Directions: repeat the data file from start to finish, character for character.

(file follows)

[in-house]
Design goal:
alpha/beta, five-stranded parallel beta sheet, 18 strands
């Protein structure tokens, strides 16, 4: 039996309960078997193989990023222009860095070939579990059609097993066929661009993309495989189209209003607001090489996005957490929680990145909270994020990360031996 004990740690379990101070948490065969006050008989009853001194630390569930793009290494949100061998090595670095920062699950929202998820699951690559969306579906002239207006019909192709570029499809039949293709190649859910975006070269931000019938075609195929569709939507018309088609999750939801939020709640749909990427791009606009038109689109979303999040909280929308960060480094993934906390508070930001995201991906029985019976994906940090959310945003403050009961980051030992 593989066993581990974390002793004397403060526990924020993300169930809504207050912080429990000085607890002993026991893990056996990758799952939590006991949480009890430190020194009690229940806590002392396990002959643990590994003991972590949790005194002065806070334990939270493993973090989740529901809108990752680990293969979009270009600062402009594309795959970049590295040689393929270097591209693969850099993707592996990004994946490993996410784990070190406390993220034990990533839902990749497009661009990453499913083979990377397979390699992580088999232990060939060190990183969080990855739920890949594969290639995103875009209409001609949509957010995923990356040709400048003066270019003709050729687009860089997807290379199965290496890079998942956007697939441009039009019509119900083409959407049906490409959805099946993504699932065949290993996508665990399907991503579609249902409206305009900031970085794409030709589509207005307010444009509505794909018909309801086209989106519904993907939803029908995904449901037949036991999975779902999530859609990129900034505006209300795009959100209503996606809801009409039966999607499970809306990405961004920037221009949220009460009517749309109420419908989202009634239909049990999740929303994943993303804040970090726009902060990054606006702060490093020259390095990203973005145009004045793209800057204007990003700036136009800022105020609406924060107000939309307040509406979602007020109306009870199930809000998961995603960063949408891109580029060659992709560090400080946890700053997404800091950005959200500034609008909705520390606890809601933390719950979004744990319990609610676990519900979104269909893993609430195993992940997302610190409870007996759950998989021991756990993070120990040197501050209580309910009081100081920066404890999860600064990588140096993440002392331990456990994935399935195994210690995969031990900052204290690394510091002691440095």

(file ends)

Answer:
[in-house]
Design goal:
alpha/beta, five-stranded parallel beta sheet, 18 strands
């Protein structure tokens, strides 16, 4: 039996309960078997193989990023222009860095070939579990059609097993066929661009993309495989189209209003607001090489996005957490929680990145909270994020990360031996 004990740690379990101070948490065969006050008989009853001194630390569930793009290494949100061998090595670095920062699950929202998820699951690559969306579906002239207006019909192709570029499809039949293709190649859910975006070269931000019938075609195929569709939507018309088609999750939801939020709640749909990427791009606009038109689109979303999040909280929308960060480094993934906390508070930001995201991906029985019976994906940090959310945003403050009961980051030992 593989066993581990974390002793004397403060526990924020993300169930809504207050912080429990000085607890002993026991893990056996990758799952939590006991949480009890430190020194009690229940806590002392396990002959643990590994003991972590949790005194002065806070334990939270493993973090989740529901809108990752680990293969979009270009600062402009594309795959970049590295040689393929270097591209693969850099993707592996990004994946490993996410784990070190406390993220034990990533839902990749497009661009990453499913083979990377397979390699992580088999232990060939060190990183969080990855739920890949594969290639995103875009209409001609949509957010995923990356040709400048003066270019003709050729687009860089997807290379199965290496890079998942956007697939441009039009019509119900083409959407049906490409959805099946993504699932065949290993996508665990399907991503579609249902409206305009900031970085794409030709589509207005307010444009509505794909018909309801086209989106519904993907939803029908995904449901037949036991999975779902999530859609990129900034505006209300795009959100209503996606809801009409039966999607499970809306990405961004920037221009949220009460009517749309109420419908989202009634239909049990999740929303994943993303804040970090726009902060990054606006702060490093020259390095990203973005145009004045793209800057204007990003700036136009800022105020609406924060107000939309307040509406979602007020109306009870199930809000998961995603960063949408891109580029060659992709560090400080946890700053997404800091950005959200500034609008909705520390606890809601933390719950979004744990319990609610676990519900979104269909893993609430195993992940997302610190409870007996759950998989021991756990993070120990040197501050209580309910009081100081920066404890999860600064990588140096993440002392331990456990994935399935195994210690995969031990900052204290690394510091002691440095």